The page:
Under Jean-Claude Juncker’s leadership, the European Commission promised to deliver ‘smart’ growth and new jobs to regain the European citizens’ trust.
However, the smart concept has been neglected in the executive’s priorities for 2016, causing “great concern” among member states.
Spain, Portugal, France, Slovenia, Bulgaria, Greece, Italy and Poland are calling on Carlos Moedas, Commissioner for Research, Science and Innovation, to put more efforts into fulfilling Europe’s research and innovation potential, including reaching a 3% of GDP investment target.
In a letter sent to Moedas seen by EURACTIV, the deputy ministers in charge of this dossier note that 2016 will be a “decisive” year, as the EU will review its long-term budget (2014-2020), the Europe 2020 strategy and Horizon 2020, the EU’s €80 billion research programme.
But, the executive has not included any measure to progress in research and innovation, as Brussels is swamped with the refugee crisis, and the strengthening of the economic and monetary union. This “shortsightedness” will have an impact in Europe’s output in the medium-term, the top officials warned.
“We suggest (to) you that all efforts are done so that the next Commission’s work programme includes measures to boost, improve, or even correct those aspects you may consider appropriate or insufficient for the European R&I policy,” the ministers wrote in the letter sent to Moedas.
Last September, Juncker and First Vice-President Frans Timmermans sent a letter of intent to the European Parliament with ten priorities and forty policy actions for 2016. Member states stressed that innovation should play “a major role” in supporting some of them in the field of digital agenda, the energy and climate change strategy, the strengthening of Europe’s industrial base, and external action. However, innovation is barely mentioned.
The Commission strongly reacted against the accusation, contending that Juncker’s team is working “to foster innovation across all policy areas”.
“We are doing away with overly prescriptive and detailed regulations that stifle innovation and competitiveness, notably when it comes to SMEs,” Commission spokesperson for Research, Science and Innovation Lucia Caudet said. “Our policies for the digitisation of industry and the development of new energy efficient technologies are all about innovation,” she added. The institution will present the work programme in late October.
Next week, Moedas will present the Work Programmes for 2016-17 of Horizon 2020, through which the Commission will invest almost €16 billion in research and innovation in the next two years.
According to the executive’s figures, the EU could create 3.7 million jobs and increase the annual GDP by 800 billion euro if the 3% target is reached. However, the capitals pointed out that the R&D and innovation indicators have not improved “substantially” over the last 15 years.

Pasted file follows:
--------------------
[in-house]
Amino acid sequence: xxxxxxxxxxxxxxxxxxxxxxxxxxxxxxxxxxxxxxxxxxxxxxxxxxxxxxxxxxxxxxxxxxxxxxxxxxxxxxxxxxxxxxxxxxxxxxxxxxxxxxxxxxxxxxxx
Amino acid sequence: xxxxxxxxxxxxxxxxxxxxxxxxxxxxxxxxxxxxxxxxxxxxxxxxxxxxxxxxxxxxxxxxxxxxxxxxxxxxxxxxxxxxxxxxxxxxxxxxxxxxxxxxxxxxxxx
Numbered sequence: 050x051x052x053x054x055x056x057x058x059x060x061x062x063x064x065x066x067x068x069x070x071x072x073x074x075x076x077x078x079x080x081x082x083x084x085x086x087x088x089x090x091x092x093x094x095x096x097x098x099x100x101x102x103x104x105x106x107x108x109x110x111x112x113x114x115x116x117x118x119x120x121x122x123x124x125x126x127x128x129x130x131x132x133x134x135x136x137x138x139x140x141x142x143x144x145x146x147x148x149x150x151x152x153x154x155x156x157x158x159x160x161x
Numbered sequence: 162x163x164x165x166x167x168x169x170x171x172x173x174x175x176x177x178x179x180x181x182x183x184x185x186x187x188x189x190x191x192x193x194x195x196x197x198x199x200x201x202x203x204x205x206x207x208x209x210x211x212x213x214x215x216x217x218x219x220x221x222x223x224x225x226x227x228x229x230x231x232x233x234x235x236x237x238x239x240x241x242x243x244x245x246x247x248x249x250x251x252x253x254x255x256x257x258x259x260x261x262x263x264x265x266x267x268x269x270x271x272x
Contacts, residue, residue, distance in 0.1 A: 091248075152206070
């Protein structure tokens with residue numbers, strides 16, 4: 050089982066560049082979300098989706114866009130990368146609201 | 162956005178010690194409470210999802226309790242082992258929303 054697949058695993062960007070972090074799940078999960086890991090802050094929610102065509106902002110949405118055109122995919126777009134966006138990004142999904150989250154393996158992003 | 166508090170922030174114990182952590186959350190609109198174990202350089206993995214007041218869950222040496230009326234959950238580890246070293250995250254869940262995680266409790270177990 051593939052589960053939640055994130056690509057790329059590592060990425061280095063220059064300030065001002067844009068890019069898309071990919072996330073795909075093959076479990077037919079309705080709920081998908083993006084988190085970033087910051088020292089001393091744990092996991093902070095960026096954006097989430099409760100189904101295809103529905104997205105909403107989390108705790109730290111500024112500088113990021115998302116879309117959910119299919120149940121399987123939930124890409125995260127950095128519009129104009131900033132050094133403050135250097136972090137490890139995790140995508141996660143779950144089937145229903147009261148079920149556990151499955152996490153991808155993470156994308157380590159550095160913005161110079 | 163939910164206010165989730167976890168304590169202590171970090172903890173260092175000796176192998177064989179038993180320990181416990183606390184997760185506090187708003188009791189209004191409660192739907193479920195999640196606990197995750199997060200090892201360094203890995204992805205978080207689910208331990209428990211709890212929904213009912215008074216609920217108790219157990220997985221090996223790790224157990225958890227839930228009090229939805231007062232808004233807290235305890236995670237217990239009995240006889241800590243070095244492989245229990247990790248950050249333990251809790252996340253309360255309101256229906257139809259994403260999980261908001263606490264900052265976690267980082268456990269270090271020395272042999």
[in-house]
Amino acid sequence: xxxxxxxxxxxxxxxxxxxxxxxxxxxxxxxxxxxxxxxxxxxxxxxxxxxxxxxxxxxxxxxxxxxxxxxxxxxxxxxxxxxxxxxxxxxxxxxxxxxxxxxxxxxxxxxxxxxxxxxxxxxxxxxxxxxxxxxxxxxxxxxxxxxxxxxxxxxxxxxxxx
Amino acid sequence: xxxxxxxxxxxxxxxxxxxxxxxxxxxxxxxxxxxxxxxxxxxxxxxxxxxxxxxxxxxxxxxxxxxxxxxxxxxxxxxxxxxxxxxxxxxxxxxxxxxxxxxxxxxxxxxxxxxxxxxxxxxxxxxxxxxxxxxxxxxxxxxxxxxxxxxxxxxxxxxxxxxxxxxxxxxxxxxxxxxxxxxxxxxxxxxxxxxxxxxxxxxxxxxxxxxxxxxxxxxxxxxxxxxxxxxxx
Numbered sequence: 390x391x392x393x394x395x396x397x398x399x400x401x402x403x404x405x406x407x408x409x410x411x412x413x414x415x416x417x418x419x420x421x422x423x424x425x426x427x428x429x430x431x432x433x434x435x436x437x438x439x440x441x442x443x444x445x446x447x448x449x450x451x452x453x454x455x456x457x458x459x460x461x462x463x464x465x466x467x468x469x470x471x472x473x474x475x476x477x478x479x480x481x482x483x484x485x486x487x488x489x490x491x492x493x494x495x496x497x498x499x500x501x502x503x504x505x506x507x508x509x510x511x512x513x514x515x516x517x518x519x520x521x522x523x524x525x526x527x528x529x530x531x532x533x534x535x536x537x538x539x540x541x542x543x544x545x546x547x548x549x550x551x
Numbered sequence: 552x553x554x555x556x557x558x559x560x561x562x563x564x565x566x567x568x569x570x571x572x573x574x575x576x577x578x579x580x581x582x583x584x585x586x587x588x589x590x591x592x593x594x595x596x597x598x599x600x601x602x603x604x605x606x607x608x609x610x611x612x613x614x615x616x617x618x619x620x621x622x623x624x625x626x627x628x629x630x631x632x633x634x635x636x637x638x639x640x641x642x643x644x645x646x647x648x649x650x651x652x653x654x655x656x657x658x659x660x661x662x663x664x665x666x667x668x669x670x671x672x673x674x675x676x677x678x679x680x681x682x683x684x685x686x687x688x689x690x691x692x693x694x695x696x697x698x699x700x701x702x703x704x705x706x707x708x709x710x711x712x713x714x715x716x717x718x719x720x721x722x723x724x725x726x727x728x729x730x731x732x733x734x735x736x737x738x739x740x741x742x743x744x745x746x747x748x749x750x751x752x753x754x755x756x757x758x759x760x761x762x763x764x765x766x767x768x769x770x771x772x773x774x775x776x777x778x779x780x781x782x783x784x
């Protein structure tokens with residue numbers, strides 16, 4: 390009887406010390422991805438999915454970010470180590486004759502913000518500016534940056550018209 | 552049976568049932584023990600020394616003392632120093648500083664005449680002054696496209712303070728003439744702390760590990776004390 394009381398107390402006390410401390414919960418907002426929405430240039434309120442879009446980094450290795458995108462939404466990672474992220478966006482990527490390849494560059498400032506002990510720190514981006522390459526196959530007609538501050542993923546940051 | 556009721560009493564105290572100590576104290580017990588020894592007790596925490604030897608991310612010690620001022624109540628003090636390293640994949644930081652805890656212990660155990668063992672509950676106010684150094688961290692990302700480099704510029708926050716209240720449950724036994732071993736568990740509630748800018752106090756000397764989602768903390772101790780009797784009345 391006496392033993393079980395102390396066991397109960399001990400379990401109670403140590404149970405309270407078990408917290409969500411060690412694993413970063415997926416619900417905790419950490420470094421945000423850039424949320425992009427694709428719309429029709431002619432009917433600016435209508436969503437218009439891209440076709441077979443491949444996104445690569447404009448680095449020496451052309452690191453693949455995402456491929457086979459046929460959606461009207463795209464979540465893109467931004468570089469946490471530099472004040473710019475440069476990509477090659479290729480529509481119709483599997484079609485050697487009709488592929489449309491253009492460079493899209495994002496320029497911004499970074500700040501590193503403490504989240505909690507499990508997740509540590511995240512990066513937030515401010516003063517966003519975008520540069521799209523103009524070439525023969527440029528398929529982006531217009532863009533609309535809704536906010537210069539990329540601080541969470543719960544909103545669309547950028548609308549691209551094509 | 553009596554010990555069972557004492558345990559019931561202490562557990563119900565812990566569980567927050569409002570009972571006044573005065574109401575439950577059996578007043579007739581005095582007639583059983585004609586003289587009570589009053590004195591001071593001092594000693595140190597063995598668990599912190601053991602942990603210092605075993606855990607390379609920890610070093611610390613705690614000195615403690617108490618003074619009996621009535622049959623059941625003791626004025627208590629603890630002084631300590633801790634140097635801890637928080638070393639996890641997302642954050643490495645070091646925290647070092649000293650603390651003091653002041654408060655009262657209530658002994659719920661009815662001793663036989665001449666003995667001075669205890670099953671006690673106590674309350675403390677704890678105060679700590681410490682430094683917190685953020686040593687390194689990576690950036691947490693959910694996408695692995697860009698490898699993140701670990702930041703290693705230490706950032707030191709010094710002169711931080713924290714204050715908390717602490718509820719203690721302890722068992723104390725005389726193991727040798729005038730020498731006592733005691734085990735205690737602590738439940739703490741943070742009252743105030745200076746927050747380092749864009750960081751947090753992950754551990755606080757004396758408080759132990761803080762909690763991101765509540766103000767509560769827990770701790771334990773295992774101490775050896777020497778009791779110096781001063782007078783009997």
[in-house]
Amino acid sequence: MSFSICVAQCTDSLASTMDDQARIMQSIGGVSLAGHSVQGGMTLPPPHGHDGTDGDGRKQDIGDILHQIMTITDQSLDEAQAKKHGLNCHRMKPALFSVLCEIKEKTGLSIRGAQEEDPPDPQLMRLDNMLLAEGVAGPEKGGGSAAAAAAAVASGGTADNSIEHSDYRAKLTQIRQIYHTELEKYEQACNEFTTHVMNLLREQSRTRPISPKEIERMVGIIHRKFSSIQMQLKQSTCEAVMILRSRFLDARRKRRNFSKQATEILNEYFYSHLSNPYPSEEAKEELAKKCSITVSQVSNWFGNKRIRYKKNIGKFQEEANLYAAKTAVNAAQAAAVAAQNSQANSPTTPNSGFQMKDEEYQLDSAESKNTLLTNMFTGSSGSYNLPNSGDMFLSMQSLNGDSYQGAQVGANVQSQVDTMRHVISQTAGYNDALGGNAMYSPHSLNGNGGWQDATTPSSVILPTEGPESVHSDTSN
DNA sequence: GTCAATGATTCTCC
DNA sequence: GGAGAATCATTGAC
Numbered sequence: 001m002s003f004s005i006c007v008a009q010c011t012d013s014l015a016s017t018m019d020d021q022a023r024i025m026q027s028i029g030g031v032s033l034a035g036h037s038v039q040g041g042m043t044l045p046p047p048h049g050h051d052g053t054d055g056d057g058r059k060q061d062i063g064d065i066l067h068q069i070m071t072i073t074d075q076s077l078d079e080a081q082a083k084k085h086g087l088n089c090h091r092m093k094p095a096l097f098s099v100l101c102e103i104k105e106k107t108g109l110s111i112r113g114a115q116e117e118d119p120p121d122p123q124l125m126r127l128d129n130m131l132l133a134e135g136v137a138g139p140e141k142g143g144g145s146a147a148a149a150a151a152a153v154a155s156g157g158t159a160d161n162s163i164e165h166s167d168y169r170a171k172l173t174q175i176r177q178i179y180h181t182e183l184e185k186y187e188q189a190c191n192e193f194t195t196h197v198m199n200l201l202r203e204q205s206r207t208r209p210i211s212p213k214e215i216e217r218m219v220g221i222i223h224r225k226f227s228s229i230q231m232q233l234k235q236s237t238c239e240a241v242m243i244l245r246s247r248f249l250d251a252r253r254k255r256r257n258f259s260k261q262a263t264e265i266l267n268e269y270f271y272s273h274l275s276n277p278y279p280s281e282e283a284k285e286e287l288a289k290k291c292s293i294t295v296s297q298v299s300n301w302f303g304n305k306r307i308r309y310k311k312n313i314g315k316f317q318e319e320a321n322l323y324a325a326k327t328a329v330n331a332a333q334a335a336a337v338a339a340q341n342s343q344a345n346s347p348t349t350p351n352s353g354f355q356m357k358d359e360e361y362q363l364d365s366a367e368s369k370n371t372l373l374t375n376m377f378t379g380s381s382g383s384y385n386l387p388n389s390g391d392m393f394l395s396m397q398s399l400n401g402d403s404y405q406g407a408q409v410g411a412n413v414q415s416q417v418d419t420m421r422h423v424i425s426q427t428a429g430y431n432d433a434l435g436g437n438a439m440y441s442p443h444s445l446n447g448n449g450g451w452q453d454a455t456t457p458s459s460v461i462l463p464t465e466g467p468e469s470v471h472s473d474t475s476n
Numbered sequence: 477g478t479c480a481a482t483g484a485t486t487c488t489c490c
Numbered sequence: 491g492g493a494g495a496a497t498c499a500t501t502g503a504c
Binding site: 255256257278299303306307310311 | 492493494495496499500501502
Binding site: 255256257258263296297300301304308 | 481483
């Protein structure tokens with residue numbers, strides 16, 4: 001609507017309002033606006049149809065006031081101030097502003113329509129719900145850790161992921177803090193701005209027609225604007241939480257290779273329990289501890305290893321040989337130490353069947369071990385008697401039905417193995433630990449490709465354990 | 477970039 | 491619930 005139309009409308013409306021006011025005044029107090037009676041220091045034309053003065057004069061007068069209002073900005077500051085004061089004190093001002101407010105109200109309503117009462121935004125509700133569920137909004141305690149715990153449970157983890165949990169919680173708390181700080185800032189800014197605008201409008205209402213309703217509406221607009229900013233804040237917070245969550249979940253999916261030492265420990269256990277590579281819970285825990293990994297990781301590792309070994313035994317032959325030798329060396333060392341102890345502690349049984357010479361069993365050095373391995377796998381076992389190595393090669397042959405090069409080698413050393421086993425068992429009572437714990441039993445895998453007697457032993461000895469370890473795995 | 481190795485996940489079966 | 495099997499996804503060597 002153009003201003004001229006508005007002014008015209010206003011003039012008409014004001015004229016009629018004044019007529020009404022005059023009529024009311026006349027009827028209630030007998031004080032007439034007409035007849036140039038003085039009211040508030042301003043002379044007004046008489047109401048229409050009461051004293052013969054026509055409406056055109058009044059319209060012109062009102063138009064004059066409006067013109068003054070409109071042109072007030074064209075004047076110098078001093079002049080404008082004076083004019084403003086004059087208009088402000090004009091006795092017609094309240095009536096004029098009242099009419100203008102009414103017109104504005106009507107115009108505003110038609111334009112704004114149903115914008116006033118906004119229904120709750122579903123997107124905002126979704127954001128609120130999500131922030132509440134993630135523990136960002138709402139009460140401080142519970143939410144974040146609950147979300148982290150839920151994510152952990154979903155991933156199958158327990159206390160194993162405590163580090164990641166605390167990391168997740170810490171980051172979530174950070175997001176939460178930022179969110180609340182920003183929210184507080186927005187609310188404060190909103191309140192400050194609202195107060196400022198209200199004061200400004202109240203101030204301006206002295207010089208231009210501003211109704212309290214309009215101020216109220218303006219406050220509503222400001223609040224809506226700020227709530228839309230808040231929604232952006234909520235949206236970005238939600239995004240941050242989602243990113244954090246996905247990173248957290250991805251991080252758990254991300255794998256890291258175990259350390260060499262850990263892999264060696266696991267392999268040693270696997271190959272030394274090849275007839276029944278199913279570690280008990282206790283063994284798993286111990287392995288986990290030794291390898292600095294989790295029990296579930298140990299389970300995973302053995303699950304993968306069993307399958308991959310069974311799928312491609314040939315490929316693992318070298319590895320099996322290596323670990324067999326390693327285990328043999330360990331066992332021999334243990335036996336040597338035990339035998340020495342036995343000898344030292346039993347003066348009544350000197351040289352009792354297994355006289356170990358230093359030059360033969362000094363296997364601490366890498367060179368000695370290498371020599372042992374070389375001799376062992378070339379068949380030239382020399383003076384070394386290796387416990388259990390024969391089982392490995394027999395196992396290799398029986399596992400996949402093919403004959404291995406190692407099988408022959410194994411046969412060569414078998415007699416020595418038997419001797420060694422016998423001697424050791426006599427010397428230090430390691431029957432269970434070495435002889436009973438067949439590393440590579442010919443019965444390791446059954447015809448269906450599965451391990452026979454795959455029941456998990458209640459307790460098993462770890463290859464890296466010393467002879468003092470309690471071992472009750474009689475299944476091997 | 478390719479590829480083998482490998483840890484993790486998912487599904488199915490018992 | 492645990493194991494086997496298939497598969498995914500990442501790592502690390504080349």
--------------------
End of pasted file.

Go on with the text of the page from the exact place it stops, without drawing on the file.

Meanwhile, rivals like China have steadily increased its investment in the field, reaching 2.09% of GDP. In parallel, Beijing’s progress in areas such as the number of scientific publications, science and engineering graduates, and patents, indicate that China will “soon” reach Europe in the innovation indicators, the member states warned.
The latest official figures compiled by Eurostat from 2013 indicate that only Finland (3.31% of GDP), Sweden (3.3% of GDP) and Denmark (3.06%) have reached Europe’s target. EU spending on research and innovation amounts to 2.01% of GDP, while the Eurozone spends 2.09% of GDP.
Besides the need to increase funds allocated to research and innovation, member states are also calling for the completion of a “fully operational” European research area and the development of “open innovation, open science and openness to the world”, Moedas’ mantra for his mandate.
Commissioner Carlos Moedas has indicated that he wants a European research and innovation policy that is “fit for a world that is open, digital and global".
In this context, he intends to open a new chapter in the development of the European Research Area. After 15 years focused on physical infrastructure and supporting cross-border mobility for researchers, the priority is now to open up research and innovation systems since “every part of the scientific method is becoming an open, collaborative and participative process". Thus, he coined what the ministers referred as the three O's: “Open innovation, open science, openness to the world.”
- End of October: The European Commission presents its work programme for 2016.